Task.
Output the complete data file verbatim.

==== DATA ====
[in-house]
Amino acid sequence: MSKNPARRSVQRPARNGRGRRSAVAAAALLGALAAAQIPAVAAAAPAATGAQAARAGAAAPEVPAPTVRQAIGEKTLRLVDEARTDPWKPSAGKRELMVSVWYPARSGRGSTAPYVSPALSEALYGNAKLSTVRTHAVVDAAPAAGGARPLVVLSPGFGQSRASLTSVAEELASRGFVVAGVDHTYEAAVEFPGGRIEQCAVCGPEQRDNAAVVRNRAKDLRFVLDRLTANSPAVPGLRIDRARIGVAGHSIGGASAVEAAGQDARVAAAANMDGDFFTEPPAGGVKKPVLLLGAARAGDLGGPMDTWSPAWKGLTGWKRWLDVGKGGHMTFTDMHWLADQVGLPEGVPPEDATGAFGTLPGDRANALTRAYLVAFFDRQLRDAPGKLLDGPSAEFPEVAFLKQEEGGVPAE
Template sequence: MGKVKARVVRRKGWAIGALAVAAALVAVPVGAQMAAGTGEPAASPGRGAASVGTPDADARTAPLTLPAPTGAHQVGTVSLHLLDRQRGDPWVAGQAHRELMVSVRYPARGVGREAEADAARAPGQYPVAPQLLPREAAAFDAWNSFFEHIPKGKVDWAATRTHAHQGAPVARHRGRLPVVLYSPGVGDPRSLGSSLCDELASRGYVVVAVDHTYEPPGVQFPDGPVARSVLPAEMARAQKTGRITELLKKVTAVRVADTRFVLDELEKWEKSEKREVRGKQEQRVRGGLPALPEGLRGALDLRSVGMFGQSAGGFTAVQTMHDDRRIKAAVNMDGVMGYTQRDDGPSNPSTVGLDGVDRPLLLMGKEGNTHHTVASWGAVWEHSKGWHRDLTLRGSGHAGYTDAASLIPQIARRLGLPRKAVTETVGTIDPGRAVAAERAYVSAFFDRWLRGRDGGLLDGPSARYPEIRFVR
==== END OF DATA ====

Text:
[in-house]
Amino acid sequence: MSKNPARRSVQRPARNGRGRRSAVAAAALLGALAAAQIPAVAAAAPAATGAQAARAGAAAPEVPAPTVRQAIGEKTLRLVDEARTDPWKPSAGKRELMVSVWYPARSGRGSTAPYVSPALSEALYGNAKLSTVRTHAVVDAAPAAGGARPLVVLSPGFGQSRASLTSVAEELASRGFVVAGVDHTYEAAVEFPGGRIEQCAVCGPEQRDNAAVVRNRAKDLRFVLDRLTANSPAVPGLRIDRARIGVAGHSIGGASAVEAAGQDARVAAAANMDGDFFTEPPAGGVKKPVLLLGAARAGDLGGPMDTWSPAWKGLTGWKRWLDVGKGGHMTFTDMHWLADQVGLPEGVPPEDATGAFGTLPGDRANALTRAYLVAFFDRQLRDAPGKLLDGPSAEFPEVAFLKQEEGGVPAE
Template sequence: MGKVKARVVRRKGWAIGALAVAAALVAVPVGAQMAAGTGEPAASPGRGAASVGTPDADARTAPLTLPAPTGAHQVGTVSLHLLDRQRGDPWVAGQAHRELMVSVRYPARGVGREAEADAARAPGQYPVAPQLLPREAAAFDAWNSFFEHIPKGKVDWAATRTHAHQGAPVARHRGRLPVVLYSPGVGDPRSLGSSLCDELASRGYVVVAVDHTYEPPGVQFPDGPVARSVLPAEMARAQKTGRITELLKKVTAVRVADTRFVLDELEKWEKSEKREVRGKQEQRVRGGLPALPEGLRGALDLRSVGMFGQSAGGFTAVQTMHDDRRIKAAVNMDGVMGYTQRDDGPSNPSTVGLDGVDRPLLLMGKEGNTHHTVASWGAVWEHSKGWHRDLTLRGSGHAGYTDAASLIPQIARRLGLPRKAVTETVGTIDPGRAVAAERAYVSAFFDRWLRGRDGGLLDGPSARYPEIRFVR